DOJ Seal

Department of Justice

U.S. Attorney's Office
District of New Mexico

For Immediate Release

Wednesday, December 16, 2015
Damon P. Martinez
, United States Attorney
Contact: Elizabeth Martinez

Armed Career Criminal From Albuquerque Sentenced to Fifteen Years for Unlawful Possession of Firearm

Ponce Prosecuted Pursuant to Federal “Worst of the Worst” Anti-Violence Initiative

ALBUQUERQUE – Michael Scott Ponce, 38, of Albuquerque, N.M., was sentenced today in federal court to 15 years in federal prison for being an armed career criminal.  Ponce will be on supervised release for three years following his term of incarceration. 

 

The sentence was announced by U.S. Attorney Damon P. Martinez, 2nd Judicial District Attorney Kari E. Brandenburg, Special Agent in Charge Thomas G. Atteberry of the Phoenix Field Division of the Bureau of Alcohol, Tobacco, Firearms and Explosives (ATF), Chief Gorden Eden, Jr., of the Albuquerque Police Department (APD), and Bernalillo County Sheriff Manuel Gonzales, III.

 

U.S. Attorney Damon P. Martinez said that Ponce was prosecuted as part of a federal anti-violence initiative that targets “the worst of the worst” offenders based primarily on their prior felony convictions for federal prosecution.  At the time of his arrest in this case, Ponce had been convicted of two counts of aggravated assaults with a deadly weapon, aggravated battery with a deadly weapon causing great bodily harm, and trafficking a controlled substance in the Second Judicial Court for the State of New Mexico in Bernalillo County.  Ponce also had a prior federal conviction on a cocaine trafficking charge.  When arrested in this case, Ponce was also on supervised release after having served a sentence of incarceration on the federal conviction.

 

            Ponce was arrested on July 13, 2015, on a criminal complaint alleging that he unlawfully possessed a firearm and ammunition on June 27, 2015, in Bernalillo County, N.M.  According to the criminal complaint, on June 27, 2015, APD officers responding to reports of a shooting in downtown Albuquerque observed a vehicle driven by Ponce as it struck another vehicle as Ponce attempted to flee from the area.  APD officers pursued Ponce into a residential neighborhood where they took him into custody.   As they were arresting Ponce, the officers observed a firearm cartridge in Ponce’s vehicle.  Before they arrested Ponce, the APD officers also observed Ponce throw an item from his vehicle, and later found a semiautomatic pistol in the area where they had observed Ponce throw the object.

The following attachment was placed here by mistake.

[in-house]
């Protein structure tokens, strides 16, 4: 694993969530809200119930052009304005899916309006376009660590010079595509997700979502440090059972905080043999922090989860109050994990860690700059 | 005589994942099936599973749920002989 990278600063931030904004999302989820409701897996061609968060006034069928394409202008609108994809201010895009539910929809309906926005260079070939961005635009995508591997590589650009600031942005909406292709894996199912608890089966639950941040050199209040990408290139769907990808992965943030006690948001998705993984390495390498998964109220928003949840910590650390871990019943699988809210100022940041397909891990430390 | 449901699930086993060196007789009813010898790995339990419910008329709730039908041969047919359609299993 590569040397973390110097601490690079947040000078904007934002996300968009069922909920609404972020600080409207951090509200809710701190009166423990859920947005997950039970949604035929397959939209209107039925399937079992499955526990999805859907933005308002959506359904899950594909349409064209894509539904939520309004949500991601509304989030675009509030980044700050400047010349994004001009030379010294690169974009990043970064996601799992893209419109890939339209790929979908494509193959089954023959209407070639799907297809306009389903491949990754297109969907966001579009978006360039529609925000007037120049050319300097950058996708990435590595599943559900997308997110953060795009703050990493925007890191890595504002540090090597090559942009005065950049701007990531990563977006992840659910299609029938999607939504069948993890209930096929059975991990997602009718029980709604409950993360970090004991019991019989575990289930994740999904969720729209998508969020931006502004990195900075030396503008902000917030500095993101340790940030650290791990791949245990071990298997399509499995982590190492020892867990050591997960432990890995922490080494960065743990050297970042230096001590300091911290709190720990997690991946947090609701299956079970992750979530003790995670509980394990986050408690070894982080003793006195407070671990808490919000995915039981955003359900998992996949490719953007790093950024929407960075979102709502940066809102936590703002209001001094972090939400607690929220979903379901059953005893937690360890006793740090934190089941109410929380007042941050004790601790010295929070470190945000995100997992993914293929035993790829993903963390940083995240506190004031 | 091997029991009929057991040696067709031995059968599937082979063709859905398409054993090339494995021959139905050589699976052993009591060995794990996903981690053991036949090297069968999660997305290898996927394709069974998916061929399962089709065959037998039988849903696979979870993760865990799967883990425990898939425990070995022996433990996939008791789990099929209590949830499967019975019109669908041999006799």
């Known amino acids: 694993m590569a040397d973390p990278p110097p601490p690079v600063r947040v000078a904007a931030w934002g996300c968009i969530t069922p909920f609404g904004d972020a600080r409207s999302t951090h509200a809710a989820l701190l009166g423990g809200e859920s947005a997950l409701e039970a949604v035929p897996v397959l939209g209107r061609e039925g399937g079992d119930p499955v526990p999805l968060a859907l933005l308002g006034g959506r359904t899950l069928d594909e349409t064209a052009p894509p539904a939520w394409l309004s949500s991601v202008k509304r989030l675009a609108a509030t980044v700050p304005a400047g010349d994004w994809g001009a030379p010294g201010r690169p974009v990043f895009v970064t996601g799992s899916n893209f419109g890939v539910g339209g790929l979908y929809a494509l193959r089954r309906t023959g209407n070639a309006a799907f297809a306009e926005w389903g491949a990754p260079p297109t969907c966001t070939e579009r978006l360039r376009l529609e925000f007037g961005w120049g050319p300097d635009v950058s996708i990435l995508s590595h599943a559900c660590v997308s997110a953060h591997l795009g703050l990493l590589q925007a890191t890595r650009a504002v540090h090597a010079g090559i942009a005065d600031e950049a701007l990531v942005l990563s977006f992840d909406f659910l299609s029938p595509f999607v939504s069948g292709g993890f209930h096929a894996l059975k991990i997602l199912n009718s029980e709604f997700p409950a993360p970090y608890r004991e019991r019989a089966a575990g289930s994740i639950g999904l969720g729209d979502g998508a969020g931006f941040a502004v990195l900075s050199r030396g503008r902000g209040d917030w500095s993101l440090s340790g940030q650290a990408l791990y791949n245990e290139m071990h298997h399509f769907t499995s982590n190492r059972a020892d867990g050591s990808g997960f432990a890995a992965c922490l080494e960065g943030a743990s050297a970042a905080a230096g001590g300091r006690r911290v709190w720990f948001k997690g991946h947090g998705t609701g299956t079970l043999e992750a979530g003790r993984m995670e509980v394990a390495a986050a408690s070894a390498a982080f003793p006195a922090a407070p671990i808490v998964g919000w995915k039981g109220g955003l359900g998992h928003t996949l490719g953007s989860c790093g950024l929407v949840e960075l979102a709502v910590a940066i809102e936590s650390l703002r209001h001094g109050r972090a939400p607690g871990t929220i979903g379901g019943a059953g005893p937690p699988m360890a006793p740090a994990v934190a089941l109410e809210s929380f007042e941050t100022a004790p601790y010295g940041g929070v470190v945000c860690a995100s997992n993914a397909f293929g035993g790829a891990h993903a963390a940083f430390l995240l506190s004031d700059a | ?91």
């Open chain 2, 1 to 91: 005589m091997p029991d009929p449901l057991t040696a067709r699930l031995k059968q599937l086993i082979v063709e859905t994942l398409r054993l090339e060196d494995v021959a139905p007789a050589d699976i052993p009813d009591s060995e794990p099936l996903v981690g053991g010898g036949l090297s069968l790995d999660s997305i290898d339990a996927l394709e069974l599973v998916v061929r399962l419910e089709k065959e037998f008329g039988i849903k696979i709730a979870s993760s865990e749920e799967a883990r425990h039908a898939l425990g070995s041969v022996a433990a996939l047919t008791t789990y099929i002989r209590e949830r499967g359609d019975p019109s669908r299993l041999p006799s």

Ponce was subsequently indicted on July 30, 2015, and charged with being a felon in possession of a firearm and ammunition. 

 

On Sept. 16, 2015, Ponce pled guilty to the indictment and admitted that on June 27, 2015, he possessed a semi-automatic pistol even though he was prohibited from possessing firearms and ammunition due to his prior felony convictions.

 

The statutory maximum sentence for being a felon in possession of a firearm is ten years in prison.  The sentence is enhanced to a mandatory minimum of 15 years in prison for defendants like Ponce who are deemed to be armed career criminals. 

 

This case was investigated by the ATF office in Albuquerque and APD with assistance from the Bernalillo County Sheriff’s Office and the 2nd Judicial District Attorney’s Office.

 

Assistant U.S. Attorney Paul Mysliwiec prosecuted the case as part of the federal “worst of the worst” anti-violence initiative.  Under this initiative, the U.S. Attorney’s Office and federal law enforcement agencies work with New Mexico’s District Attorneys and state, local and tribal law enforcement agencies to target violent or repeat offenders primarily based on their prior felony convictions for federal prosecution with the goal of removing repeat offenders from communities in New Mexico for as long as possible.  Because New Mexico’s violent crime rates, on a per capita basis, are amongst the highest in the nation, New Mexico’s law enforcement community is collaborating to target repeat offenders from counties with the highest violent crime rates, including Bernalillo County, under this initiative.

 

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Field Division: Phoenix Field Division